When his 13-year-old daughter stumbled home six years ago and told her father that she had been gang-raped, Ranjit embarked on a mission to get justice in a manner that is almost unheard of in rural India.
Going against the wishes of the entire village in the eastern state of Jharkhand, and challenging India’s highly patriarchal culture, the rice farmer reported the crime to the authorities and pursued the case relentlessly until the three men were brought to trial.
Their story is told in To Kill a Tiger, a documentary by the award-winning Indian-Canadian director Nisha Pahuja.
The film follows 14 months of the family’s determined pursuit of justice in a country where the “rape culture” makes it rated as the world’s most dangerous place for girls and women, with high rates of sexual assault recorded but where an estimated 99% of rape cases go unreported.
Kiran* was at a wedding on the evening of 9 April 2017. She had stayed behind to dance when her parents returned home. At about midnight, three village men dragged her into the woods and attacked her. Her cousin is among the accused.
As her name has to be concealed by Indian law, the film breaks the norm in showing her onscreen. She is often seen with colourful ribbons in her hair, “a symbol of her innocence, girlhood and resilience,” says Pahuja.
“By the time editing was finished, Kiran was of age and after watching the film with her parents she decided she didn’t want to be hidden,” Pahuja says. “She wanted to come forward and encourage other survivors.”
The family faced deep hostility after Ranjit, who is referred to by his first name only, filed a case against the men. Villagers expected Kiran to marry one of her abusers, as is often the practice.
The film shows the family being ostracised; villagers side with the accused and some mock Ranjit’s perceived failure to protect his daughter.
But the reserved, unassuming farmer and his wife, Jaganti, remain defiant even as the pressure mounts. The film shows Ranjit at times doubting himself, but he says: “When I think of her [Kiran], my fear goes away.”
Pahuja says: “Ranjit is not a vocal person, so everything plays out on his face. He has a terrible ‘poker face’ – you really know what’s going on … He is a very honest human being.”
Pahuja learned of the case while making a film about a Srijan Foundation project on addressing male attitudes towards women. Ranjit was enrolled in the programme.
Social workers from the foundation supported the family and one activist told the film-maker that the case was a “gamechanger”.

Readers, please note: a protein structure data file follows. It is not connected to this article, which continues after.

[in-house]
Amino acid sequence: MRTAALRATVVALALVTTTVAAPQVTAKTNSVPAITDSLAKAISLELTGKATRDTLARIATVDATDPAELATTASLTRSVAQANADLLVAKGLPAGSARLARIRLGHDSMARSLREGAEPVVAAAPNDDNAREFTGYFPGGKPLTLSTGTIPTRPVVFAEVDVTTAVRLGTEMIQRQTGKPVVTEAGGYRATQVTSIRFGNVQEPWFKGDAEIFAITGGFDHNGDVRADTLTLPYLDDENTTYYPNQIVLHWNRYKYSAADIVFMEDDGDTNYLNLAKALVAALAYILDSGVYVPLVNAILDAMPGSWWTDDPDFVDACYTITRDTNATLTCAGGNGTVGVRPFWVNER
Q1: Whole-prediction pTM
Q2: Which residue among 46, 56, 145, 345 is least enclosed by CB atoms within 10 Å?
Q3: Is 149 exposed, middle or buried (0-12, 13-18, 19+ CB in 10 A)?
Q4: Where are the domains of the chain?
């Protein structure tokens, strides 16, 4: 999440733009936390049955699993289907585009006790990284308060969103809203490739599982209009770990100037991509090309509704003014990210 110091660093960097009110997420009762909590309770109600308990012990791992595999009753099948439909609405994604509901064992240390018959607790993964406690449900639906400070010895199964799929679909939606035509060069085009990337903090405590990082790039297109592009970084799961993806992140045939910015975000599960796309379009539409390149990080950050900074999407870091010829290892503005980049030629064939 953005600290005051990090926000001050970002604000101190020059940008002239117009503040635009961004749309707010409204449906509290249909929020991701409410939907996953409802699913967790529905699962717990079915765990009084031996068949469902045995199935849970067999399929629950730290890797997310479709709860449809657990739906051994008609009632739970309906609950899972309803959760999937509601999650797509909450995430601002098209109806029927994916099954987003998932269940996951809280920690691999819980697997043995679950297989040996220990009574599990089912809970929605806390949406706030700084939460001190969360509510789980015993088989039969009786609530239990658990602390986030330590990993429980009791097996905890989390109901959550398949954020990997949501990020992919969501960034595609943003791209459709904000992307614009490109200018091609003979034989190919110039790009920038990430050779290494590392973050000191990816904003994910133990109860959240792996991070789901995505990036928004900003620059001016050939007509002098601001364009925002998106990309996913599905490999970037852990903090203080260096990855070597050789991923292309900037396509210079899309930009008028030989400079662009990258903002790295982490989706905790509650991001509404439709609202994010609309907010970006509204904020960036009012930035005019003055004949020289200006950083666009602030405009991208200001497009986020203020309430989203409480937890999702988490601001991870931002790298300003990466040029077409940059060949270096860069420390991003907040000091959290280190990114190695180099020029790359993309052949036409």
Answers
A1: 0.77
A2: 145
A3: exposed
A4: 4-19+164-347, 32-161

“A father fighting for his daughter in a rape case. This is no small thing. It never happens,” says the activist. “This is no ordinary family.”
But a comment by a village elder highlights the scale of the challenge: “This could have been settled in the village,” the woman says. “They already had sex, might as well get them married.”
Pahuja’s documentary follows Ranjit pacing the court building in Ranchi, Jharkhand’s capital, where the prosecutor is dealing with about 500 similar cases, but is supportive, despite the investigation not following basic procedures at the crime scene.
As the trial comes closer, villagers threaten Ranjit and become increasingly hostile to the film crew. He is warned by local leaders to drop the case for the sake of village “harmony”.
On the day she gives evidence Kiran puts a bindi on her forehead and dresses in her best clothes. It feels like sitting a school exam, she says.
Pahuja says that legislation was changed after the 2012 gang-rape and murder of a young woman on a Delhi bus. The Protection of Children Against Sexual Offences Act was strengthened. “What hasn’t changed quickly enough is the culture,” she says.
“Unless, in India, we start to change the definition of masculinity, unless we start to work with men and boys, the headlines that come out of India and the violence that is inflicted on women in India – and boys in India, frankly – is not going to change. The root cause is the way we raise our sons.”
Pahuja, who is working with the legal rights organisation Equality Now to pressure the courts and police over the issues raised in the film, says one question kept being asked in discussions after screenings: why did Ranjit do what he did?
“Ranjit simply refused to accept the status quo and, because of that, showed us that change is possible,” she says.
* Indian law prevents the publication of the name of sexual assault survivors.
To Kill a Tiger will be screened by the Bertha DocHouse at the Curzon Bloomsbury, London, on 16 November